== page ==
NextGenVest

MONEY TIPS

 

Three things I wish I had done before Senior Year

 

By Samantha Bruno-Tello, High School Student

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Slowly but surely, I was definitely feeling the senioritis creep up on me towards the end of junior year. I was one hundred and ten percent ready to finally have a short schedule and spend most of my last year in high school fooling around, just waiting for the day I received my diploma. While senior year did bring the short schedule I dreamed of, it also came with considerable responsibilities-ones that required much more effort than I’d initially thought. I am only two months in for senior year,  and I already realize that I should not have underestimated the load of work that’s currently being thrown at my face. There are so many times where I sit and think, “I should’ve prepared for this. I should’ve done that. I shouldn’t have been so lazy”. Learn from my mistakes and do not let that be you.


1. Writing your college essay takes a LONG time. Start working on it now.

If you’re like me and motivation and effort are two very hard things to come by, I am telling you now: don’t put off starting your essay. Putting together your essay requires a lot more than just actually writing it. If you want a good essay, you’re going to have to brainstorm a lot, then plan, then write, have other people (maybe your teachers and friends) look at it and make comments, then you edit and revise it. Trying to find that essay that conveys exactly what you want colleges to know about you while also answering the prompt will definitely take you more than just a month.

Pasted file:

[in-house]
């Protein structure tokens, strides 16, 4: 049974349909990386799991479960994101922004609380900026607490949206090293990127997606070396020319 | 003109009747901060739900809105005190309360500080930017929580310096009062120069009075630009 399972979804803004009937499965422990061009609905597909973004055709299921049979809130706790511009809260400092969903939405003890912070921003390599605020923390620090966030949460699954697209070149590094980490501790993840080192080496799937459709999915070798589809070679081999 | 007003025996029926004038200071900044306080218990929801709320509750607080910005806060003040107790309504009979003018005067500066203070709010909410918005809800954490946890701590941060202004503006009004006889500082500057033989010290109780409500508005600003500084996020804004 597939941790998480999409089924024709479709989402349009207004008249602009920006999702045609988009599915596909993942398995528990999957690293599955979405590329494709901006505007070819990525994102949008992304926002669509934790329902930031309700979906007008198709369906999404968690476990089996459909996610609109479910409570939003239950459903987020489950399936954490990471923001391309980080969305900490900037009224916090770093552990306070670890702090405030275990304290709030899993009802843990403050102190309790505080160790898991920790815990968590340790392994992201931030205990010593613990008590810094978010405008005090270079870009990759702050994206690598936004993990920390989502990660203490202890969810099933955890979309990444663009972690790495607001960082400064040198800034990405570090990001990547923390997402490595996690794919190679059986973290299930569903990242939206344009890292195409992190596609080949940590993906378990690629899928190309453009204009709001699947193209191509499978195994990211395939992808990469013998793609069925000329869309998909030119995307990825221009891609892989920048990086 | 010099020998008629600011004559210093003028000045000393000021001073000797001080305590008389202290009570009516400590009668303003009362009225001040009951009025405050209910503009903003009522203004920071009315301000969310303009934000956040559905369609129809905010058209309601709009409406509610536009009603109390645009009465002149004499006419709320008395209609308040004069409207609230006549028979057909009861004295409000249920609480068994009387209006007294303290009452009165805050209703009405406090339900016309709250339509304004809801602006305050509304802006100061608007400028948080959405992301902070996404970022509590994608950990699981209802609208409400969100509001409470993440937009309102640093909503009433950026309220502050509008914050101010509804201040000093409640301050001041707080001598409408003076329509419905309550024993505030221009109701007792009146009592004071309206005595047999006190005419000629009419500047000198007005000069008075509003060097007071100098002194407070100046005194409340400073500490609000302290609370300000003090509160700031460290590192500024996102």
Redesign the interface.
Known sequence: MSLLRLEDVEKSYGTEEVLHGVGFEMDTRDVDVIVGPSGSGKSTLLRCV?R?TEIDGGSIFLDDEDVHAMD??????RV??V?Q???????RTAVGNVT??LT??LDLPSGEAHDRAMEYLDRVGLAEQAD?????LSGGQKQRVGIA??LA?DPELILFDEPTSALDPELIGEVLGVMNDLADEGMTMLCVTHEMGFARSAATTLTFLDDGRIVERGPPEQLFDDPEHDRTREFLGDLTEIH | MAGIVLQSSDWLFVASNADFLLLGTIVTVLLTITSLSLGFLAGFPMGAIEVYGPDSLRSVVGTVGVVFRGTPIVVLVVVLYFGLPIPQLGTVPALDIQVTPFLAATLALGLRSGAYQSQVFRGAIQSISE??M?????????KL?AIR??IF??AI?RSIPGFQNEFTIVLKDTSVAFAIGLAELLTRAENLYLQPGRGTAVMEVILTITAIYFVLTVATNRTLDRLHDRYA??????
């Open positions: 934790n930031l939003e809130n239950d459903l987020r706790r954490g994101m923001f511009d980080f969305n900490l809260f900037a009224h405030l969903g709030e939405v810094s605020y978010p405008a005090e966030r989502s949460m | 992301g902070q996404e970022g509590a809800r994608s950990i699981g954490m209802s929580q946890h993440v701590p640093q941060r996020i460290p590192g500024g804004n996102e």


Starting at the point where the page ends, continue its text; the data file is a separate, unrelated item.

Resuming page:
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2. Don’t wait until the last minute to take your SATs/ACTs

Right now, it’s November, and so many of my friends are rushing to take the SATs and ACTs because they didn’t start taking them until September and have yet to be satisfied with their scores. You are probably going to want to take the SAT/ACTs more than once, for some people, more than twice. Seats to take these tests fill up fairly quickly, especially as college application deadlines approach, so don’t be left behind!

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3. Make sure you have at least one teacher who you’re close with.

A lot of the time, you don’t really think, “Hey, I wanna be friends with a teacher!” but trust me, when it comes to applying for colleges, you’re going to need it. Find at least one teacher whose subject you like, or who knows a bit about you beyond just a classroom setting. This is going to make it a lot easier for you to find someone to write you college recommendations, and it’s definitely going to make their letter a lot more appealing as opposed to one from a teacher who barely knows you. Visit them after class, frequently email them, actively participate in discussions!

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Samantha Bruno-Tello is a high school student at Bayside High School.

Samantha Bruno-Tello is a high school student at Bayside High School.

 
Kelly Peeler